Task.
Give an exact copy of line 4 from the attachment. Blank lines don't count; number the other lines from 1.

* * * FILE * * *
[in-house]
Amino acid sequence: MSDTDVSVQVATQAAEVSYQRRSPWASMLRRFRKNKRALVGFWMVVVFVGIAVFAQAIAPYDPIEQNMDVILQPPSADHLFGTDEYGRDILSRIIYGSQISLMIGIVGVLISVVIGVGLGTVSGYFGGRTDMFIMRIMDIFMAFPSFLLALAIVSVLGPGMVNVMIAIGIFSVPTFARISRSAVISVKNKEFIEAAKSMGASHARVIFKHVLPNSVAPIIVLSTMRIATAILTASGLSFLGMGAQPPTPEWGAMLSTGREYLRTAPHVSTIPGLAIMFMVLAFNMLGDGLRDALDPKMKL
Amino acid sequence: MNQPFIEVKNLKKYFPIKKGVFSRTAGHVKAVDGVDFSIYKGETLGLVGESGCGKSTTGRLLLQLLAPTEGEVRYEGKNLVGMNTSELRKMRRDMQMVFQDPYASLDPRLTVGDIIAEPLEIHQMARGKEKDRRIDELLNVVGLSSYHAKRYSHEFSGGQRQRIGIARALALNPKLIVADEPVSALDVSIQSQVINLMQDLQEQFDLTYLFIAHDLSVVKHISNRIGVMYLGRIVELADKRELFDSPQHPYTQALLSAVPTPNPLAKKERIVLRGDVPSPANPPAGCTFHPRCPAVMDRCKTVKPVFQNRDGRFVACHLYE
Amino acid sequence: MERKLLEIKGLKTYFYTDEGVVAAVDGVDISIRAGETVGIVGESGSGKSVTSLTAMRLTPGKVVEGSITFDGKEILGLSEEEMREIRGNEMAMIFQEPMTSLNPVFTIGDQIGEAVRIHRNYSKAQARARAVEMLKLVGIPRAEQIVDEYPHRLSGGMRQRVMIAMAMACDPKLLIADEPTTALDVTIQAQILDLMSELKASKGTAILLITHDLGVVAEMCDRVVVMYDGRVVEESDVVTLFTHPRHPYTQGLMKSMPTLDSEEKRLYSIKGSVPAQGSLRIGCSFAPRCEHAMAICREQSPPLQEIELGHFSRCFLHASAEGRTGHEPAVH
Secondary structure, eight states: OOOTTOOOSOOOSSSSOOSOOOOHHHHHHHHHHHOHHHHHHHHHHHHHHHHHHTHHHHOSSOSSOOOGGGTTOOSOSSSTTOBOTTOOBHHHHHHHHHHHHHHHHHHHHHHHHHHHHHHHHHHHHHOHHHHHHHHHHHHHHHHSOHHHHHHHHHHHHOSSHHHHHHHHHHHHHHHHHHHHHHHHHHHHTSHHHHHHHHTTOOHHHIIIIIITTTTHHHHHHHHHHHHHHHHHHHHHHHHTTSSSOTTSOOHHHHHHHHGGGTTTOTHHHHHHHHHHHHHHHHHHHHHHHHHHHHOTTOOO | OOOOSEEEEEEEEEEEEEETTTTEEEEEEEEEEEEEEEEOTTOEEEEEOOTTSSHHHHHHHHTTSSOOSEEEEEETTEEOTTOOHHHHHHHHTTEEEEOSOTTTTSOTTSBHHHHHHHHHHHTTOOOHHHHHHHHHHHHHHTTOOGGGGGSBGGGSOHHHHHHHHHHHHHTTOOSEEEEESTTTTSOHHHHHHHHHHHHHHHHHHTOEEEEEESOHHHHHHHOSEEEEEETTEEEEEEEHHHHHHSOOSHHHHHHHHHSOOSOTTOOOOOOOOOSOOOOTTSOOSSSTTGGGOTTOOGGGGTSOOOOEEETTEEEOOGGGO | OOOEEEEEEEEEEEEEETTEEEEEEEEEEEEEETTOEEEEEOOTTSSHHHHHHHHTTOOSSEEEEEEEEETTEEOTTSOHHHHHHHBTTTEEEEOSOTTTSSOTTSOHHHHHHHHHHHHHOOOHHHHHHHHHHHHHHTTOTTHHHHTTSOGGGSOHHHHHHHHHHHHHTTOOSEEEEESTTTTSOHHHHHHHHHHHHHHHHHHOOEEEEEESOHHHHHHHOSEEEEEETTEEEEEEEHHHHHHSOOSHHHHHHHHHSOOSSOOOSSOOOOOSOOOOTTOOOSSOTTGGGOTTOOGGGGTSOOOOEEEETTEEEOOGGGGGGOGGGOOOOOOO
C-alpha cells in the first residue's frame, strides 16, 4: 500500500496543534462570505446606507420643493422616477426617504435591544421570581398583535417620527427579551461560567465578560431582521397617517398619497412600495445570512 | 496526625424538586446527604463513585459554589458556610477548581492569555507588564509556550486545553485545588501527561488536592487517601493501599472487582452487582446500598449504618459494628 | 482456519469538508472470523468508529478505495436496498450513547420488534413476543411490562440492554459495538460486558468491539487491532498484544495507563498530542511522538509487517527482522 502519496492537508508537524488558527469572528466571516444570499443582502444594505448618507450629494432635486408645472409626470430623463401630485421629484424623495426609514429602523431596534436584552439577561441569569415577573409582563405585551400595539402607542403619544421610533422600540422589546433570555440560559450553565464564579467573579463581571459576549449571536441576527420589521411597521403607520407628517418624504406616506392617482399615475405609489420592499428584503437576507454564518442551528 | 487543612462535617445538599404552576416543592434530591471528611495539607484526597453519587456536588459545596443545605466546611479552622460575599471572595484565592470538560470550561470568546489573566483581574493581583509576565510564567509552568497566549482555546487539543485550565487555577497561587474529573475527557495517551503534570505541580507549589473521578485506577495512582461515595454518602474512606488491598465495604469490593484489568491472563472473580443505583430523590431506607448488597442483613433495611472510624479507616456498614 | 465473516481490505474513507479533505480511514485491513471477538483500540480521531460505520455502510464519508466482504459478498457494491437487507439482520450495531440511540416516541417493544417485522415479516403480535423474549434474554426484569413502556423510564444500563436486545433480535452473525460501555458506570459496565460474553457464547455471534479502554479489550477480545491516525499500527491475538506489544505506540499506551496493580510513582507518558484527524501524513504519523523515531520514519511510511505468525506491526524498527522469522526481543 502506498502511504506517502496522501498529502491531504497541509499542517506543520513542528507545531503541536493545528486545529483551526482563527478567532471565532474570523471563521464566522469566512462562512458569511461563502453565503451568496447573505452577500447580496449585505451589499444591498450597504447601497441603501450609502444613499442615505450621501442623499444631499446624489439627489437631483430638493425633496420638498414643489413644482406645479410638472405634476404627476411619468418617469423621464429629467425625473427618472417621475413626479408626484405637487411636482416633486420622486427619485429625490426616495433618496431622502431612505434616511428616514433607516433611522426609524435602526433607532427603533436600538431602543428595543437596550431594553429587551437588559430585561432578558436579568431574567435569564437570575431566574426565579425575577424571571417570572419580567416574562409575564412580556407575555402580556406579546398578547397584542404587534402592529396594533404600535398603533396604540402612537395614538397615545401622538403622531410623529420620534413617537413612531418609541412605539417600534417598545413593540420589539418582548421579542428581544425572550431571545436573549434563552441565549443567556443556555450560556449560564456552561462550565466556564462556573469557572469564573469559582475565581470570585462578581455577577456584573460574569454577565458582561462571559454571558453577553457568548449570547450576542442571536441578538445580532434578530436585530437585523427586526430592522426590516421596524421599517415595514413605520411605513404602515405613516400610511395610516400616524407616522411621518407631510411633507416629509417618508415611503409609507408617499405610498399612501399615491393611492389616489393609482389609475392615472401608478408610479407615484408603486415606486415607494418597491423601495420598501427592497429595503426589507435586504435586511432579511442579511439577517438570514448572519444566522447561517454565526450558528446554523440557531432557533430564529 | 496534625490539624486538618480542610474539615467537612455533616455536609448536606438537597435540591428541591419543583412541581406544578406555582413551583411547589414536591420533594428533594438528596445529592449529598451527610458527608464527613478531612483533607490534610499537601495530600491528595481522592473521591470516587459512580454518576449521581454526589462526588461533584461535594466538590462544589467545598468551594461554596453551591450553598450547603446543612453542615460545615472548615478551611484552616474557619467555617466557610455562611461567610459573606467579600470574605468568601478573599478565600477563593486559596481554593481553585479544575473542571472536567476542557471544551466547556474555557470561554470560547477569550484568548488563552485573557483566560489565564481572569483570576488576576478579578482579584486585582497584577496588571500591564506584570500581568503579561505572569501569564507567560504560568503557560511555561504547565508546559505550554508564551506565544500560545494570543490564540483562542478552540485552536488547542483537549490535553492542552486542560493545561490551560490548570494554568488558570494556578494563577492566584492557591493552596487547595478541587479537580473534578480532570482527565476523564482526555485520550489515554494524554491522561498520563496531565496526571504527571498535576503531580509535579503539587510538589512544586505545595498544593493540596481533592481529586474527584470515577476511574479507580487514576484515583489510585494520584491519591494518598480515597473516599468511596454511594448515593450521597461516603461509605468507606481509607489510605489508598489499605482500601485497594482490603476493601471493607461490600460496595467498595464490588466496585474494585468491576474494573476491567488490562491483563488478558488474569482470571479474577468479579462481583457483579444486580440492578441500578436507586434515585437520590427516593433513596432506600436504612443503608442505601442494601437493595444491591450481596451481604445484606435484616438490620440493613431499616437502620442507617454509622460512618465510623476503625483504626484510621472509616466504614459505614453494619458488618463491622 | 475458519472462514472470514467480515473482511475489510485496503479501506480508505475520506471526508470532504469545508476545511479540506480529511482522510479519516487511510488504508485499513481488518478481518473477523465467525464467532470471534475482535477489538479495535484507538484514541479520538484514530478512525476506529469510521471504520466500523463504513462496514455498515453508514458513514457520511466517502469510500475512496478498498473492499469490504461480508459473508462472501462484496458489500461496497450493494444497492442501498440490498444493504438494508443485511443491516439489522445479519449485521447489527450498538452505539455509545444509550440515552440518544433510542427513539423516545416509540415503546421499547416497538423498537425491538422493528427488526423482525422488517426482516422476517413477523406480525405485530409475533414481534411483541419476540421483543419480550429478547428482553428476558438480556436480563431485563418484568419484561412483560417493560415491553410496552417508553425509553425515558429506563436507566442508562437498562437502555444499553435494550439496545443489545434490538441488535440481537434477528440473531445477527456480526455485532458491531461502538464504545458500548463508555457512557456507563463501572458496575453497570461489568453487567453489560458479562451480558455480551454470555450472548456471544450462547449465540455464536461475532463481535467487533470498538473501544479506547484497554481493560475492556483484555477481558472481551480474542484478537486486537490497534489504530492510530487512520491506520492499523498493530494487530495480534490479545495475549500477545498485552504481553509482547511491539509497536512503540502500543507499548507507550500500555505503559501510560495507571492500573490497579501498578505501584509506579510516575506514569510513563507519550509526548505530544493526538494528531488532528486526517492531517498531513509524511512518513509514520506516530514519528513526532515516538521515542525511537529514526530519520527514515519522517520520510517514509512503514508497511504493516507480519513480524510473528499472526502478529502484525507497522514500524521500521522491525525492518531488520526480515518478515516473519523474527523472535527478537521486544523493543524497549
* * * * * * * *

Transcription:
Amino acid sequence: MERKLLEIKGLKTYFYTDEGVVAAVDGVDISIRAGETVGIVGESGSGKSVTSLTAMRLTPGKVVEGSITFDGKEILGLSEEEMREIRGNEMAMIFQEPMTSLNPVFTIGDQIGEAVRIHRNYSKAQARARAVEMLKLVGIPRAEQIVDEYPHRLSGGMRQRVMIAMAMACDPKLLIADEPTTALDVTIQAQILDLMSELKASKGTAILLITHDLGVVAEMCDRVVVMYDGRVVEESDVVTLFTHPRHPYTQGLMKSMPTLDSEEKRLYSIKGSVPAQGSLRIGCSFAPRCEHAMAICREQSPPLQEIELGHFSRCFLHASAEGRTGHEPAVH